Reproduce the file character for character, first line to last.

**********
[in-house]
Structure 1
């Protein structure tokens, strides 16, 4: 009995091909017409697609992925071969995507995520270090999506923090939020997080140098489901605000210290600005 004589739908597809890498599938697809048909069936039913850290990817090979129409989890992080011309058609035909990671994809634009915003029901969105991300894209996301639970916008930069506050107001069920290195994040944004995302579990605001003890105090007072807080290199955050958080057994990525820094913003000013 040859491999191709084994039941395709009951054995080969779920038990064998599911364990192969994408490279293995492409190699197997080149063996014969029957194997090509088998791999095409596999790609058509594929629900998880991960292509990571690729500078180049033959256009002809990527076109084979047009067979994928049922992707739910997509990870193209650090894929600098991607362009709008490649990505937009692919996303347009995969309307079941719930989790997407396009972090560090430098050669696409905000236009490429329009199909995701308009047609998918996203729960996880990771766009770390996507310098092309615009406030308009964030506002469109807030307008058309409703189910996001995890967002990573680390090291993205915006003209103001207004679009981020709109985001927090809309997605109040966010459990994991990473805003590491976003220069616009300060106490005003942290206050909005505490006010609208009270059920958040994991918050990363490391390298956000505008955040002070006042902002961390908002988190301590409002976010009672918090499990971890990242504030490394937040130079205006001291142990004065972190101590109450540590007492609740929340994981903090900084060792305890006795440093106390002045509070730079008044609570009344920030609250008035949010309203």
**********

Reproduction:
[in-house]
Structure 1
């Protein structure tokens, strides 16, 4: 009995091909017409697609992925071969995507995520270090999506923090939020997080140098489901605000210290600005 004589739908597809890498599938697809048909069936039913850290990817090979129409989890992080011309058609035909990671994809634009915003029901969105991300894209996301639970916008930069506050107001069920290195994040944004995302579990605001003890105090007072807080290199955050958080057994990525820094913003000013 040859491999191709084994039941395709009951054995080969779920038990064998599911364990192969994408490279293995492409190699197997080149063996014969029957194997090509088998791999095409596999790609058509594929629900998880991960292509990571690729500078180049033959256009002809990527076109084979047009067979994928049922992707739910997509990870193209650090894929600098991607362009709008490649990505937009692919996303347009995969309307079941719930989790997407396009972090560090430098050669696409905000236009490429329009199909995701308009047609998918996203729960996880990771766009770390996507310098092309615009406030308009964030506002469109807030307008058309409703189910996001995890967002990573680390090291993205915006003209103001207004679009981020709109985001927090809309997605109040966010459990994991990473805003590491976003220069616009300060106490005003942290206050909005505490006010609208009270059920958040994991918050990363490391390298956000505008955040002070006042902002961390908002988190301590409002976010009672918090499990971890990242504030490394937040130079205006001291142990004065972190101590109450540590007492609740929340994981903090900084060792305890006795440093106390002045509070730079008044609570009344920030609250008035949010309203």